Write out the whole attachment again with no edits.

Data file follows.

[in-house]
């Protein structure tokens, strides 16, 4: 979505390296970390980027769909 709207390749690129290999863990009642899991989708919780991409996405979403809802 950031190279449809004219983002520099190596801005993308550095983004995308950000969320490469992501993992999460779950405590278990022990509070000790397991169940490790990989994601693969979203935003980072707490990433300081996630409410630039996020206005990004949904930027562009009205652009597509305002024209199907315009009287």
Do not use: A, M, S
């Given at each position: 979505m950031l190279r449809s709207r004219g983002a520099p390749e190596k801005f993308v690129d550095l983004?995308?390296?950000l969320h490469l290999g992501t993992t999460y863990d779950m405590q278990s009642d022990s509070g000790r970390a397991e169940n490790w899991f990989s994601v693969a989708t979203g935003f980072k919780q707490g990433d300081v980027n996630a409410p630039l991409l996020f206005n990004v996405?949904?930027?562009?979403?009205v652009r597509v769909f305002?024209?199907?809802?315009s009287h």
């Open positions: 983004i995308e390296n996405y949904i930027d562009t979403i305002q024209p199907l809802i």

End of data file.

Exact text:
[in-house]
């Protein structure tokens, strides 16, 4: 979505390296970390980027769909 709207390749690129290999863990009642899991989708919780991409996405979403809802 950031190279449809004219983002520099190596801005993308550095983004995308950000969320490469992501993992999460779950405590278990022990509070000790397991169940490790990989994601693969979203935003980072707490990433300081996630409410630039996020206005990004949904930027562009009205652009597509305002024209199907315009009287």
Do not use: A, M, S
């Given at each position: 979505m950031l190279r449809s709207r004219g983002a520099p390749e190596k801005f993308v690129d550095l983004?995308?390296?950000l969320h490469l290999g992501t993992t999460y863990d779950m405590q278990s009642d022990s509070g000790r970390a397991e169940n490790w899991f990989s994601v693969a989708t979203g935003f980072k919780q707490g990433d300081v980027n996630a409410p630039l991409l996020f206005n990004v996405?949904?930027?562009?979403?009205v652009r597509v769909f305002?024209?199907?809802?315009s009287h």
């Open positions: 983004i995308e390296n996405y949904i930027d562009t979403i305002q024209p199907l809802i």